Detection of all simple sites in the graph traversed by *h* can be achieved in linear time with respect to the length of *h*. The number of such paths remains exponential in the number of simple sites. However, our model allows us to perform branch-and-bound type approaches to exploring these paths. This is possible since we can calculate upper bounds for likelihood knowing either only a prefix, or for interval censored haplotypes where we do not specify variants within encapsulated regions in the middle of the path.

Furthermore, it is evident from our algorithm that if two paths share the same prefix, then we can reuse the calculation over this prefix. If two paths share the same suffix, in general we only need to recompute the values for a small number of nodes. This is demonstrated in our evaluation of the time complexity of our methods for haplotypes derived from recombination of previously assessed haplotypes.

## 7 Implementation

To test our methods, we implemented the algorithms described in C++, using elements of the variation graph toolkit *vg* [4] and the gPBWT index implementation in *xg* [8]. This can be found in the “*haplotypes*” branch at http://github.com/yoheirosen/vg. Since no competing graph-based haplotype models exist, we were not able to provide comparative performance data; absolute performance on a single machine is presented instead.

## 8 Results

### 8.1 Runtime for individual haplotype queries

We assessed time complexity of our likelihood algorithm algorithm using the implementation described above. Tests were run on single threads of an Intel Xeon X7560 running at 2.27 GHz.

To assess for time dependence on haplotype length, we measured runtime for queries against a 5008 haplotype graph of human chromosome 22 built from the 1000 *Genomes* Phase 3 VCF on the hg19 assembly created using *vg* and data from the 1000 Genomes project [1]. Starting nodes and haplotypes at these nodes were randomly selected, then walked out to specific lengths. In our graph, 1 million nodes corresponds, on average, to 16.6 million base pairs. Reported runtimes are for performing both the rectangular decomposition and likelihood calculation steps.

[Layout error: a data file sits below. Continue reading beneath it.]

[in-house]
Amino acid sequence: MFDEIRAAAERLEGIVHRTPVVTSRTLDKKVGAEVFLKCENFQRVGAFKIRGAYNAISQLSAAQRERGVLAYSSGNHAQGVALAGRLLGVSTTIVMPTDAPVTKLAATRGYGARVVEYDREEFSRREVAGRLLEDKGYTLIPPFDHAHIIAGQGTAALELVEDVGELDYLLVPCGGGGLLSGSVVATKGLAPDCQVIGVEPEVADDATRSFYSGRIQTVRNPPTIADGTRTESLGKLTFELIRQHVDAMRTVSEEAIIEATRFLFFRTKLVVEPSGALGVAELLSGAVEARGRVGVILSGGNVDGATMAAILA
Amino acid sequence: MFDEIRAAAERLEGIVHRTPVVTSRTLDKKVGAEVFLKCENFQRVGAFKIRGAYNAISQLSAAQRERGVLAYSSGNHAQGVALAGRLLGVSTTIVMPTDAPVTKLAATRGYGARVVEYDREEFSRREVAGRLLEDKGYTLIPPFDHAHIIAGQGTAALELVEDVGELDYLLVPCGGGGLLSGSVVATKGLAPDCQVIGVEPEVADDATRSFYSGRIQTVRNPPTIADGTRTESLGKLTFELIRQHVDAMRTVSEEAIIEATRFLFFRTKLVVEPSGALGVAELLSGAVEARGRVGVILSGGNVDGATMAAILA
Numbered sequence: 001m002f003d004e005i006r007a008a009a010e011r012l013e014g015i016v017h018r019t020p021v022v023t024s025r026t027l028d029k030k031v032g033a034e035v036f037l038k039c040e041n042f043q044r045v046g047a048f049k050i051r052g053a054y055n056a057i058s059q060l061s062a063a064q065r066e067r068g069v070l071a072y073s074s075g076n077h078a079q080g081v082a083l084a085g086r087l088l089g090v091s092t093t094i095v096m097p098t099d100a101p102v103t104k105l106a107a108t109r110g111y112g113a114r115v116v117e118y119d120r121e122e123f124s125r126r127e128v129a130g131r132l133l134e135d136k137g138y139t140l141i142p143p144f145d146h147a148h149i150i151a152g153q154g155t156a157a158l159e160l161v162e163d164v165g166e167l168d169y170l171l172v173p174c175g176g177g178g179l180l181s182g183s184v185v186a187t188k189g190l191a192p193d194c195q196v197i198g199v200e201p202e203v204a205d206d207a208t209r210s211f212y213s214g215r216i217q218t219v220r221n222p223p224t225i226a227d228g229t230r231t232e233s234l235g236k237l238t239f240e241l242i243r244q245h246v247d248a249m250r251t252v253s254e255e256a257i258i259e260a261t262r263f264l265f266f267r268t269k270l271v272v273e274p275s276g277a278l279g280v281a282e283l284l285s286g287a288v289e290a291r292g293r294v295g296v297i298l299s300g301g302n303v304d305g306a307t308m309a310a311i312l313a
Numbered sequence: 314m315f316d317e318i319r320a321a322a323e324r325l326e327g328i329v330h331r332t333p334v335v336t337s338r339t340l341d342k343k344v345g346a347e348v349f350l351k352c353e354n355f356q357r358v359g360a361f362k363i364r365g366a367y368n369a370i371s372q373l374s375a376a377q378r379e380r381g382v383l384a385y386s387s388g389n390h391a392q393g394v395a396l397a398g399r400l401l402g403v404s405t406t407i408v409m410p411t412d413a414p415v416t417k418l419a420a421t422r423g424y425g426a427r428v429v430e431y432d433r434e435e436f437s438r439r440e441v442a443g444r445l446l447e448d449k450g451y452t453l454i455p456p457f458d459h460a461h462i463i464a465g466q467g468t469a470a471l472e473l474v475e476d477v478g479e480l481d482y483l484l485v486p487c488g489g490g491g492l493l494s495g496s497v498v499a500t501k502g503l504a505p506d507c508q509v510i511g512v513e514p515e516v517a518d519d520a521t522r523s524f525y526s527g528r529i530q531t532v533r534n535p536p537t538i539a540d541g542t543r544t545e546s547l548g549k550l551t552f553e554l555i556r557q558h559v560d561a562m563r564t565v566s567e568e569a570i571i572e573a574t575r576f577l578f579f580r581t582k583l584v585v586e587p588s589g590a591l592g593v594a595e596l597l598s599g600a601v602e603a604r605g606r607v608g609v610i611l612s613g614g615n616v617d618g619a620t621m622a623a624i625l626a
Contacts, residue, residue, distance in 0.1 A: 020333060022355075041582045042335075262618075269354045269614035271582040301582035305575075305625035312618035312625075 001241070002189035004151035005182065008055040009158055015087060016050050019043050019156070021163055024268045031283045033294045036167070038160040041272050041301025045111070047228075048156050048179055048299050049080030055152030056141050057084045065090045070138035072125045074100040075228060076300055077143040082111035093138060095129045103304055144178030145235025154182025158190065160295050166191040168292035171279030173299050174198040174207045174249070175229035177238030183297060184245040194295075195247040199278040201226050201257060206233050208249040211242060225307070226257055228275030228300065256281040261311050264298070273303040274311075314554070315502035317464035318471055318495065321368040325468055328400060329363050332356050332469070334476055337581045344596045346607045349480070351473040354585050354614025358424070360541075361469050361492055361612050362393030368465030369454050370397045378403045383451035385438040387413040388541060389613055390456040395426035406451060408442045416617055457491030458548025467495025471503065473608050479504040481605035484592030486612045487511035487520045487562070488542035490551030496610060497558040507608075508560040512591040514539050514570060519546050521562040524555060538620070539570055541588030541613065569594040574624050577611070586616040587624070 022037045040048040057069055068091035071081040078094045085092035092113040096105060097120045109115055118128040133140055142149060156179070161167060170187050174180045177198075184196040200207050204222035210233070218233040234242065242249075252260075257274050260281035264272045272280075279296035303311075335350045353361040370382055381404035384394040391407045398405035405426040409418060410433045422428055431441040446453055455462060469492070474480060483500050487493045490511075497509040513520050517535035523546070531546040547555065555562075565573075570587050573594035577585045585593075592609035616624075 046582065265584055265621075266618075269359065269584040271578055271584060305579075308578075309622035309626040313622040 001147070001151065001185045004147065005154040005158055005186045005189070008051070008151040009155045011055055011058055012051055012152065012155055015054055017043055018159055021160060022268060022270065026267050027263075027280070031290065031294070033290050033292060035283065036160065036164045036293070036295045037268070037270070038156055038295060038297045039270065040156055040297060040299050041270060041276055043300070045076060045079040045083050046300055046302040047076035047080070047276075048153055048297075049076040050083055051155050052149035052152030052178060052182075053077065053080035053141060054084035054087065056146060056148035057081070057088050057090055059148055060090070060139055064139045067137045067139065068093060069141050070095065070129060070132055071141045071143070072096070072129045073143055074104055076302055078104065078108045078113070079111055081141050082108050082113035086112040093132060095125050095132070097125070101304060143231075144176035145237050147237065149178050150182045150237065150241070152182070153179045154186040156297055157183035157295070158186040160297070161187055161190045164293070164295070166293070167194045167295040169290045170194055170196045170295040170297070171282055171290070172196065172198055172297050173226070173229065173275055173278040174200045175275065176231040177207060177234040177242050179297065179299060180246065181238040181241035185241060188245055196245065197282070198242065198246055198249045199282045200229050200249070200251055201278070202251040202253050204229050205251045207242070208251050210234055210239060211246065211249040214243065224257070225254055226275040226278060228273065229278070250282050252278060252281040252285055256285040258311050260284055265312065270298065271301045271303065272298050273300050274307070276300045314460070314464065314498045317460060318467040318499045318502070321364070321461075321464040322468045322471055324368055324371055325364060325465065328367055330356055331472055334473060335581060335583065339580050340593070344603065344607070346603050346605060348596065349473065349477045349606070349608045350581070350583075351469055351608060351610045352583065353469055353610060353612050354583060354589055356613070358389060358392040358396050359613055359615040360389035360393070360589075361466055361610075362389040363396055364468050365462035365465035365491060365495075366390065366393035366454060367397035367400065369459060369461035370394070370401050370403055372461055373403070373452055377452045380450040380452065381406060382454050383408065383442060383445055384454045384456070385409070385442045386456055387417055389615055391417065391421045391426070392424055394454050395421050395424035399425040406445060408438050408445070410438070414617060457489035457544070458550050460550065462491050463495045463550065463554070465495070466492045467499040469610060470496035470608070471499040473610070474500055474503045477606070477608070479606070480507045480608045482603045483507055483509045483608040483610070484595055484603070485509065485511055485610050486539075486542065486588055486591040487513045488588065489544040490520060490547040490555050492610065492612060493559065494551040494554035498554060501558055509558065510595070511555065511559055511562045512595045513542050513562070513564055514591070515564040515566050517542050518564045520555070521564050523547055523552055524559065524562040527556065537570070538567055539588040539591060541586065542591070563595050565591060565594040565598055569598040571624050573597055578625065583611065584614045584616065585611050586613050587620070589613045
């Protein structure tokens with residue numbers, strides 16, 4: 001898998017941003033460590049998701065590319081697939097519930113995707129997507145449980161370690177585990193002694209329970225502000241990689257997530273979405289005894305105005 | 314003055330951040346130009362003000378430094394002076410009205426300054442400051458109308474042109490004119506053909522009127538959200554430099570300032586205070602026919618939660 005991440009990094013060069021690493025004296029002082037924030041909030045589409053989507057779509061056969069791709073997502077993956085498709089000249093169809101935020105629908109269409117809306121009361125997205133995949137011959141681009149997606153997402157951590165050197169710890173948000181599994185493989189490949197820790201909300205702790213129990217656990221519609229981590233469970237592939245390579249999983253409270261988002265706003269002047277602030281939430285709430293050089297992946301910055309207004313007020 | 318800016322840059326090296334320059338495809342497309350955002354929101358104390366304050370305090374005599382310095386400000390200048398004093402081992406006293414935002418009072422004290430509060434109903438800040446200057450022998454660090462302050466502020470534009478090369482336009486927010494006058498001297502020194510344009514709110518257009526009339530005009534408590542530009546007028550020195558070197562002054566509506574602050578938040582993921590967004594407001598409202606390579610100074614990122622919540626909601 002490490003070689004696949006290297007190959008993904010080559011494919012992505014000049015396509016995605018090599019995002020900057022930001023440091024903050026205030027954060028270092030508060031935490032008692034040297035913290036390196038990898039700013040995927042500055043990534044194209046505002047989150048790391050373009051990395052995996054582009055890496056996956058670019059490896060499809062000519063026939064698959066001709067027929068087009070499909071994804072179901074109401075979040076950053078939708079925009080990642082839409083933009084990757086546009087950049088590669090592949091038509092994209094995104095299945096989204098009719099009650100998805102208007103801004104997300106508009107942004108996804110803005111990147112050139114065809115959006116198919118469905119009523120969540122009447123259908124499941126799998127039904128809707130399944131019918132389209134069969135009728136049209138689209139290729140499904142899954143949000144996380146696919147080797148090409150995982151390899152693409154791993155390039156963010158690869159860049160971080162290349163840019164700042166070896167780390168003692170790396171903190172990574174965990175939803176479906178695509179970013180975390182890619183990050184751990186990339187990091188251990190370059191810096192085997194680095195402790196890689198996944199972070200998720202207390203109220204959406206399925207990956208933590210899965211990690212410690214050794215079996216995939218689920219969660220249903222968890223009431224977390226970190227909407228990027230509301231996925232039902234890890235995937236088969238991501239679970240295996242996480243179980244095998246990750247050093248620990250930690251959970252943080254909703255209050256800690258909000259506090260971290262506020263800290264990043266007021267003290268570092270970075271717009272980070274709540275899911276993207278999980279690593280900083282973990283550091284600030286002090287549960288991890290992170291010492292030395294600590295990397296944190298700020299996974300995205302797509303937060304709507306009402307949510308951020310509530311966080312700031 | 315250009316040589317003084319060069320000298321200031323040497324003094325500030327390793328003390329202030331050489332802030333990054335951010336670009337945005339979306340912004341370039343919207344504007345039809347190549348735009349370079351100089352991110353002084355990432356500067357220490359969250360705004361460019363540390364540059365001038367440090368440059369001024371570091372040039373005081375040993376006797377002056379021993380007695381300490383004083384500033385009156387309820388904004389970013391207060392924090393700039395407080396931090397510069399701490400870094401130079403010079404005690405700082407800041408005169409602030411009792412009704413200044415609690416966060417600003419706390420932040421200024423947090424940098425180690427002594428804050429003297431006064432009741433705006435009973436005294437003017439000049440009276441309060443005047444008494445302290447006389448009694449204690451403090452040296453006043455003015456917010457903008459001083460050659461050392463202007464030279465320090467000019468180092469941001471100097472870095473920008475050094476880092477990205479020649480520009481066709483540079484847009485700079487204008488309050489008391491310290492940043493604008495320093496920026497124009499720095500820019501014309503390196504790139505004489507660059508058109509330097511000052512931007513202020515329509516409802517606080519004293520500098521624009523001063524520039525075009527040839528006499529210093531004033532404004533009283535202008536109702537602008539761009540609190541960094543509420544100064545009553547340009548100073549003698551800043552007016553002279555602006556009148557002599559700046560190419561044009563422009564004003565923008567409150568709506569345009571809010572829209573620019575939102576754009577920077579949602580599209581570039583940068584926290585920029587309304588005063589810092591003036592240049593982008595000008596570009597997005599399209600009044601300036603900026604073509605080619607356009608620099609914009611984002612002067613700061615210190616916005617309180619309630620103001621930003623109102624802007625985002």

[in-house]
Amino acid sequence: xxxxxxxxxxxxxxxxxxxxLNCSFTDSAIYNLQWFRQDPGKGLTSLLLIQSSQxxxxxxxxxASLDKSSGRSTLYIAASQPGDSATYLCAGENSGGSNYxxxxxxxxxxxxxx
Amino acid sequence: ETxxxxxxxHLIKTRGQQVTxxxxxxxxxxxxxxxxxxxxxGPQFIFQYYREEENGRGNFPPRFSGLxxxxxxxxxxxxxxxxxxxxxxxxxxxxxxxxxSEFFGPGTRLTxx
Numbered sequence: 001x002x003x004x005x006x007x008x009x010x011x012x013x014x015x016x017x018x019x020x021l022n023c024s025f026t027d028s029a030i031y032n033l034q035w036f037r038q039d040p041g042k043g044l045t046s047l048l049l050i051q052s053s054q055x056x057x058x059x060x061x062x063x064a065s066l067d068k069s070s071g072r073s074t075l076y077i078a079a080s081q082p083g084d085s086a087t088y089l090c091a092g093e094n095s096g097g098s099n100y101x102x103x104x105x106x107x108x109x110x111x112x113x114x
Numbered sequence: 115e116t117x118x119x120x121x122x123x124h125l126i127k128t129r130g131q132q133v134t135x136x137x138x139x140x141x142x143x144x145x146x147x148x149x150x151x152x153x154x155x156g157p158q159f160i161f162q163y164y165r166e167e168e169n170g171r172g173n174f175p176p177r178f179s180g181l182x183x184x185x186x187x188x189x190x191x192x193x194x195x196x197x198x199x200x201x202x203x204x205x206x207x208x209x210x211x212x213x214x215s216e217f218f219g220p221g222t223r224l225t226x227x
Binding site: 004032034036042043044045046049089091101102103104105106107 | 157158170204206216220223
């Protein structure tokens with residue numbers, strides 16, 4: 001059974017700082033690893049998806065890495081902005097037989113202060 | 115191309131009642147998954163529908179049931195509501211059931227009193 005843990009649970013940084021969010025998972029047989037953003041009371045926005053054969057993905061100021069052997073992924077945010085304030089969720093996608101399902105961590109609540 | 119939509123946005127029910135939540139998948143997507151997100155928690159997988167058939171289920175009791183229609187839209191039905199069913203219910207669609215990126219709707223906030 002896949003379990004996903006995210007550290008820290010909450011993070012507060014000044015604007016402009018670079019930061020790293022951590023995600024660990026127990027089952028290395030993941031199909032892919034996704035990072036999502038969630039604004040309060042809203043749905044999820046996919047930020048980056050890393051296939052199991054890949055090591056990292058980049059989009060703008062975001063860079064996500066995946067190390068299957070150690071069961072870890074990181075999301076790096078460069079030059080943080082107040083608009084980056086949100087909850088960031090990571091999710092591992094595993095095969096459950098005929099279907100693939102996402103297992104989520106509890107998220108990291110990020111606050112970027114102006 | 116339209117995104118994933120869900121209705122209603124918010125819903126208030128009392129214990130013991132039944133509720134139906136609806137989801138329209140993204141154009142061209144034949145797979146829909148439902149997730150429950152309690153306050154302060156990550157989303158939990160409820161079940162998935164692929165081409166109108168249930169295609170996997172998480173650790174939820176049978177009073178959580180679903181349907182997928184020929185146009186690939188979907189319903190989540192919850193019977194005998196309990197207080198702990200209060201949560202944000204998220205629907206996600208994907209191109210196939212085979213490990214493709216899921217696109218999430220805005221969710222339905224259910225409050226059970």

The observed relationship of runtime to haplotype length is consistent with *𝒪(n)* time complexity with respect to *n* = |*h*|.

We also assessed the effect of reference cohort size on runtime. Random subsets of the *1000 Genomes* data were made using *vcftools* [2] and our graph-building process was repeated. Five replicate subset graphs were made per population size with the exception of the full population graph of 2504 individuals.

We observe an asymptotically sublinear relationship between runtime and reference cohort size.

### 8.2 Time needed to compute the rectangular decomposition of a haplotype formed by a recombination of two previously queried haplotypes

The assessments described above are for computing the likelihood of a single haplotype in isolation. However, haplotypes are generally similar along most of their length. It is straightforward to generate rectangular decompositions for all haplotypes *h* ∈ *H* in the population reference cohort by a branching process, where rectangular decompositions for shared prefixes are calculated only once. This will capture all variants observed in the reference cohort.

Haplotypes not in the reference cohort can then be generated through recombinations between the *h* ∈ *H*. If this produces another haplotype also in *H*, it suffices to recognize this fact. If not, then given that *h* is formed by a recombination of *h*_{1} and *h*_{2}, then *h* must contain some sequence of nodes *c* → *j* contained in neither *h*_{1} nor *h*_{2}. We only need to recalculate
for *a* ≤ *j* ≤ *b*.

We have implemented methods to recognize these nodes and perform the necessary gPBWT queries to build the rectangular decomposition for *h*. The distribution of time taken (in milliseconds) to generate this new rectangular decomposition for randomly chosen *h*_{1}; *h*_{2} and recombination point is shown below.

Mean time is 141 ms, median time 34 ms, first quartile time 12 ms and 3rd quartile time 99 ms. To compute a rectangular decomposition from scratch mean time is 71,160 ms, first quartile time 68,690 ms and 3rd quartile time 73,590 ms.

This rapid calculation of rectangular decompositions formed by recombinations of already-queried haplotypes is promising for the feasibility of a mutation model or of sampling the likelihoods of large numbers of haplotypes. Similar methods for the likelihood computation using this rectangular decomposition are a subject of our current research.

### 8.3 Qualitative assessment of the likelihood function’s ability to reflect rare-in-reference features in reads

We used vg to map the 1000 Genomes low coverage read set for individual NA12878 on chromosome 22 against the variation graph described previously. 1476977 reads were mapped. Read likelihoods were computed by treating each read as a short haplotype. These likelihoods were normalized to “relative log-likelihoods” by computing their log-ratio against the maximum theoretical likelihood of a sequence of the same length. An arbitrary value of 10 ^{‒9} was used for π* _{recomb}*.

We define a read to contain *n* “novel recombinations” if it is a subsequence of no haplotype in the reference, but it could be made into one using a minimum of n recombination events. We define the prevalence of the rarest variant of a read to be the lowest percentage of haplotypes in the index which pass through any node in the read’s sequence.

We segregated our set of mapped reads according to these features. We make the following qualitative observations, which can be observed in the plots which follow:

The likelihood of a read containing a novel recombination is lower than one without any novel recombinations

This likelihood decreases with increasing number of novel recombinations